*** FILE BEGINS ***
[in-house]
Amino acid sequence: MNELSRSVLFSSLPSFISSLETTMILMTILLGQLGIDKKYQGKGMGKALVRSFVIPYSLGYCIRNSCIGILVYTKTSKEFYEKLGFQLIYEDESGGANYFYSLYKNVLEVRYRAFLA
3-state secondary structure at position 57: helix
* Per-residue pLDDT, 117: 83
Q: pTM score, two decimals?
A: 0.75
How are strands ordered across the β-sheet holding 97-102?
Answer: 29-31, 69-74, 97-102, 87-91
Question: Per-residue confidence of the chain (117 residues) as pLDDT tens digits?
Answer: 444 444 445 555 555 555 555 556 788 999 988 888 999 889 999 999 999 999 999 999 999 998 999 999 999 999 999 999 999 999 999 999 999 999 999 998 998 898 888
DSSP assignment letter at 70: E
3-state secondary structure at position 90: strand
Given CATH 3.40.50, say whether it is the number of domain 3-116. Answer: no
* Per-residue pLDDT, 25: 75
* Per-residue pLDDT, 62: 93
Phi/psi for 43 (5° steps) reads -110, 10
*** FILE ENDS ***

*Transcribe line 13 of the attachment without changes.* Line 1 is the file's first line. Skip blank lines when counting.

Given CATH 3.40.50, say whether it is the number of domain 3-116. Answer: no